Three years ago I merged the technology consulting company I had run for 15 years with another, competing firm. My decision to consider a merger grew out of a combination of business analysis and self-assessment. Looking at the numbers, I realized that the company had reached a plateau. Although profitable, it was not growing as quickly as I wanted it to. Looking at myself, I understood that I needed help in pushing the company to the next level.
Merging the companies was not easy. Even three years later there are still challenges in resolving culture issues and business plans. But, the time and effort spent on the merger paved the way to new successes. I exchanged self-reliance for codependence, quick decisions for long shareholder meetings and long hours for longer hours -- and I am delighted with the results.
CyTek Corporation has grown quickly since its inception three years ago. We have been fortunate to achieve that elusive synergy of management talents, business philosophy and employee effort to take the combined entity higher than the previous companies could have climbed. We have the momentum of an established business supercharged by the energy of a merger. But, a merger isn't just an event. It's a process. It's building a new company from existing pieces, and its foundation is the past.
What's Past Is Prologue
When I started my first company in 1982, I was 25 and looking for an opportunity. AdComp Data Systems was founded with a new IBM PC, an idea my father had to create CRM software for savings-and-loan institutions, my programming experience, and a $15,000 start-up loan from my grandfather. My mother and wife both worked at the company in the small office space we rented.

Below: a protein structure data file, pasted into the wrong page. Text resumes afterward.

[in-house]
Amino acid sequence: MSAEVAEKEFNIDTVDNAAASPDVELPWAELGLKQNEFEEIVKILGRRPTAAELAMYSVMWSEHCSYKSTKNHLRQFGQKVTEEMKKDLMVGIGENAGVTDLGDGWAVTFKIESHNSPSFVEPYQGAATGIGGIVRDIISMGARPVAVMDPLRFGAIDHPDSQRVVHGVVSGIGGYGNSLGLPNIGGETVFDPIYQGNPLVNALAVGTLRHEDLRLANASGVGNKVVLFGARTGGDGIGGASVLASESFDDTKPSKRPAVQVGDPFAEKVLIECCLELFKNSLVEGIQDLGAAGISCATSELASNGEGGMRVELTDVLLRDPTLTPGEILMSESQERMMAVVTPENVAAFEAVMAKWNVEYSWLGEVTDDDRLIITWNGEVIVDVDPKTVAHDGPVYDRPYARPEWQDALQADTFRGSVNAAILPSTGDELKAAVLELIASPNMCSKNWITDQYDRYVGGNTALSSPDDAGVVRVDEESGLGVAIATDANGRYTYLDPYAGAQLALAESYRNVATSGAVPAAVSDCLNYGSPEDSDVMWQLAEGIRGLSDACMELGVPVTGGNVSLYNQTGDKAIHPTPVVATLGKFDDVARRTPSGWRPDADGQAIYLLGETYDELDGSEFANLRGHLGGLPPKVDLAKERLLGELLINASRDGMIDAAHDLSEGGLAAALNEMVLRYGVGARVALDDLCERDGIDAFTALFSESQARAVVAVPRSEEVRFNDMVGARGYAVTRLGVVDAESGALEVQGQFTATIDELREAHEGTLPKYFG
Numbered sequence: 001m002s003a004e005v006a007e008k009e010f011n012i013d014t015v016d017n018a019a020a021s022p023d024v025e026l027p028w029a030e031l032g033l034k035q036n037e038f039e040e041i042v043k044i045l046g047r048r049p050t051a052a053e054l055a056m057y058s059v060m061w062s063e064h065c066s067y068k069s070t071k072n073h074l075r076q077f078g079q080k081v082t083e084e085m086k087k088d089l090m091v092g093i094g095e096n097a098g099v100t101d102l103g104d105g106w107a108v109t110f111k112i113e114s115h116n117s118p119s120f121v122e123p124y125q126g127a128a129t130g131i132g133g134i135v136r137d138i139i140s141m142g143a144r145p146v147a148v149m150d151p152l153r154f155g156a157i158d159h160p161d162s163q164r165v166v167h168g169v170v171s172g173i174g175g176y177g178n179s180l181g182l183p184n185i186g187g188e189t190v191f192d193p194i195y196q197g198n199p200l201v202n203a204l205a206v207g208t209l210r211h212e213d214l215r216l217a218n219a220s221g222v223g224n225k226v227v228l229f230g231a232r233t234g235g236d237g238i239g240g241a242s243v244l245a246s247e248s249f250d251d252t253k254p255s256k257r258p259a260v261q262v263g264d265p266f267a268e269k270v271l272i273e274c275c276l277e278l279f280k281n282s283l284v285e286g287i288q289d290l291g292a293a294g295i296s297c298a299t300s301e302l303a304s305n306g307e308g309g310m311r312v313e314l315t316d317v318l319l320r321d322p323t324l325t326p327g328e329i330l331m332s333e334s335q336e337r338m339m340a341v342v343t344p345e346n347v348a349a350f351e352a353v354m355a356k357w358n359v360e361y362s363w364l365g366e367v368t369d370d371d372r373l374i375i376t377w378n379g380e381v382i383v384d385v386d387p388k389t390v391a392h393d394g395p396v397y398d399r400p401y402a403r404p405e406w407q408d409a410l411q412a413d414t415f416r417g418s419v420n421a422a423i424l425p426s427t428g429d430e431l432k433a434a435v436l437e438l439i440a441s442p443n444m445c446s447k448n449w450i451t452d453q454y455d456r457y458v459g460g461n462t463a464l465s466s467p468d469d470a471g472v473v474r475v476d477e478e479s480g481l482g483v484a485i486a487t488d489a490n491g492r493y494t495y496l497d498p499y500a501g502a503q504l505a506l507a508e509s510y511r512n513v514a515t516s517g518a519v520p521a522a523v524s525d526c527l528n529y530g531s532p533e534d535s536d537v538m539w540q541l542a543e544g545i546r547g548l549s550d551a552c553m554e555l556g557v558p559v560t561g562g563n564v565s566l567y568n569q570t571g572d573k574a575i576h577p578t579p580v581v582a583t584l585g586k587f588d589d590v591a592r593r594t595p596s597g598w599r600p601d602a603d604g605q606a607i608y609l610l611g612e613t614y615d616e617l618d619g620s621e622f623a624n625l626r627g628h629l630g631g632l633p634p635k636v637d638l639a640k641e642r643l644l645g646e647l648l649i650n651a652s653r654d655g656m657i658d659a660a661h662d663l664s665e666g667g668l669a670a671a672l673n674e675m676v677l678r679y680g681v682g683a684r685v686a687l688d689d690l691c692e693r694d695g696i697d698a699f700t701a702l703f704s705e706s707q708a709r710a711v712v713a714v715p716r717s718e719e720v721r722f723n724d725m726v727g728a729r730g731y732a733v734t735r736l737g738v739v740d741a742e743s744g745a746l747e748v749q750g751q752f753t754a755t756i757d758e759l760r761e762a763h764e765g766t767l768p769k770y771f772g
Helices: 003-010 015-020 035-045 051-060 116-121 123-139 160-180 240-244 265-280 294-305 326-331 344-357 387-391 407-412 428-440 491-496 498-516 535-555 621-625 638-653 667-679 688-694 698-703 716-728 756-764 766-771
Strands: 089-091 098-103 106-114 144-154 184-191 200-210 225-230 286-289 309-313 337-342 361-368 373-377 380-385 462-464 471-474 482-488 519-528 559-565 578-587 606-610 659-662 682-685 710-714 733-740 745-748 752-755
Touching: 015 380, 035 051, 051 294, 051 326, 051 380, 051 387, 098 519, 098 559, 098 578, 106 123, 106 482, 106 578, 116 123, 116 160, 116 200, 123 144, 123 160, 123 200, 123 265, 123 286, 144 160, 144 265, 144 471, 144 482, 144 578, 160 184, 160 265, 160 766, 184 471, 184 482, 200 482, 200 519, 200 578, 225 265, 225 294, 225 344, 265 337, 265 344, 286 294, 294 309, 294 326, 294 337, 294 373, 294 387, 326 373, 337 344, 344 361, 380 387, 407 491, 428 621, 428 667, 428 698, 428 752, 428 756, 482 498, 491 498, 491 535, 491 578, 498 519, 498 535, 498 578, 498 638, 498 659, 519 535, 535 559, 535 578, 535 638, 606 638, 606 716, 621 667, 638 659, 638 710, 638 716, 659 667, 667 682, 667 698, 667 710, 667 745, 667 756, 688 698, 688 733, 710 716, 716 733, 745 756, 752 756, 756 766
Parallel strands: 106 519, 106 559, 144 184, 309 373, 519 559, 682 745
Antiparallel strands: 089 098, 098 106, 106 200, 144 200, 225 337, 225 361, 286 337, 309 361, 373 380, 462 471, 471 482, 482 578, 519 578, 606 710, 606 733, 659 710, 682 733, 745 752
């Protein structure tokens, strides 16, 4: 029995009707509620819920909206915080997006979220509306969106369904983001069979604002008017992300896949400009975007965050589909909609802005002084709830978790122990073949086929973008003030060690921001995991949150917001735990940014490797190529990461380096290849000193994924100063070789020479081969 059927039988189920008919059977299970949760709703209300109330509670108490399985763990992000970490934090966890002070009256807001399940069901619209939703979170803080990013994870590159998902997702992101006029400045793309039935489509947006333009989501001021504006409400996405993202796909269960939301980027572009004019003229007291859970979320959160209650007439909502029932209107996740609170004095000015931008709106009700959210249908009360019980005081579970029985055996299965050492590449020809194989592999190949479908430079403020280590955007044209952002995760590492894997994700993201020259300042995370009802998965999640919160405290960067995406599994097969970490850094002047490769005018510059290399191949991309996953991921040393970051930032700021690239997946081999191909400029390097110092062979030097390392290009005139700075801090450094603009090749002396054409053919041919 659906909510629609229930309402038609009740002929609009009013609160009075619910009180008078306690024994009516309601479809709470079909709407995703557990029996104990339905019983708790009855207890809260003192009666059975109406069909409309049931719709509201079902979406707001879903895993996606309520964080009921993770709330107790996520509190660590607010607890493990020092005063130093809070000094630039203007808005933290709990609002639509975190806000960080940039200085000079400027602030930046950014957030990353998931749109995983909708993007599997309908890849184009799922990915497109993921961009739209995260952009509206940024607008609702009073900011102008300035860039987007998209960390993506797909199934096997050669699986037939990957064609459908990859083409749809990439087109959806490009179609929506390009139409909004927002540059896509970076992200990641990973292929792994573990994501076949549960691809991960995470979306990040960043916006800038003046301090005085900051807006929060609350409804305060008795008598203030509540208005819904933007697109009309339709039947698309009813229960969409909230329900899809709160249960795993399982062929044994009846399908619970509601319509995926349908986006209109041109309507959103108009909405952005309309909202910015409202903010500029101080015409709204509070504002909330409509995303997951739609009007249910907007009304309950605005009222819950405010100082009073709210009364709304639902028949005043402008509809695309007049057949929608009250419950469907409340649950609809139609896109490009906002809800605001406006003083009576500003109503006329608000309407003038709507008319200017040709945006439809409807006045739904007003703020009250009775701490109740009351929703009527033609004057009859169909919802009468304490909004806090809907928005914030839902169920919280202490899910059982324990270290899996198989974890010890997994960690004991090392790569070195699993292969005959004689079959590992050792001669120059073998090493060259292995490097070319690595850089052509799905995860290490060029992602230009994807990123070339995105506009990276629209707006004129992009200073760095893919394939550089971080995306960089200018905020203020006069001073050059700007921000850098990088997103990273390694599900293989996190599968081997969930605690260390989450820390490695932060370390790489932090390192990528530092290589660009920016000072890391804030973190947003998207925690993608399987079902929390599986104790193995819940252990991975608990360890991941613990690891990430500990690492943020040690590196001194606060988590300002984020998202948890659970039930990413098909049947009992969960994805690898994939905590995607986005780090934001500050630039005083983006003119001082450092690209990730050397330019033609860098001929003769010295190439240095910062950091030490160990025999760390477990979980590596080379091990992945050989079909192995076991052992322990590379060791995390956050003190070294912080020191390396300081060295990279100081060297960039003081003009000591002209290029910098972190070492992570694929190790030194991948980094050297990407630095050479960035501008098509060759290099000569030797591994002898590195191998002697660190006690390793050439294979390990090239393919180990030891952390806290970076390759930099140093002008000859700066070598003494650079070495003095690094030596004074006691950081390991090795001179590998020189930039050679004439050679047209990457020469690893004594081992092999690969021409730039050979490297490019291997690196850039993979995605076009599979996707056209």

Although we had a great concept and a good product, changes in the economy and the business environment for savings-and-loans in the mid-1980s forced a change in direction for the company. AdComp began providing more custom programming and network system-integration services. Writing applications for several law firms led to a specialization in law-office technology. AdComp became recognized as one of the top resellers in the nation for various law-firm software packages.
As the owner of a small company, I did everything from sales to accounting at first. Hiring the right people was the first step in growing the business. We hired a first-rate support person and rewarded her efforts with stock in the company. Then we added technicians and salespeople. Many talented individuals moved through the office, helping us increase our client base and provide outstanding service. We took care of our clients and maintained a good profit margin.
However, recognizing that the Internet was going to radically change the nature and pace of the workplace made me realize I needed new energy and fresh ideas. Before, I had thought only of hiring and retaining individuals. Now I was thinking of "hiring" a whole company. Quick results from a team with a track record could take some of the risks out of the expansion plans I deemed necessary to excel in the new economy.
What Drives the Urge to Merge
The history of every small, entrepreneurial company is filled with hard work, personal sacrifice and determination. Acknowledging this investment and yet letting it go is a major hurdle for the owners in a merger. I didn't receive a call from someone offering to buy the company, and I didn't have a long-term business partnership that finally formalized into a merger. Simply, realizing that there was another way to grow helped me lose the "company as self" mentality that keeps so many entrepreneurs from working with others and enabled me to start looking for a possible partner.
My first step was to write down the three traits a firm had to possess to be a good merger candidate for my company: a similar business philosophy, outstanding technical talent, and an energetic entrepreneurial vision. There was no rush to merge, but we made it a priority. AdComp began doing more joint ventures and partnering with other companies on projects. We learned how other firms did business and how clients viewed their work.
All along, we knew we had plenty of research to do. There are many facets of "due diligence" when dealing with a small, entrepreneurial company merger. Examining both company and personal financials is critical. Looking at company cultures and staffs objectively to decide what changes will be made is essential. Determining owner responsibilities and duties so that the new company doesn't have duplication or confusion takes considerable negotiation.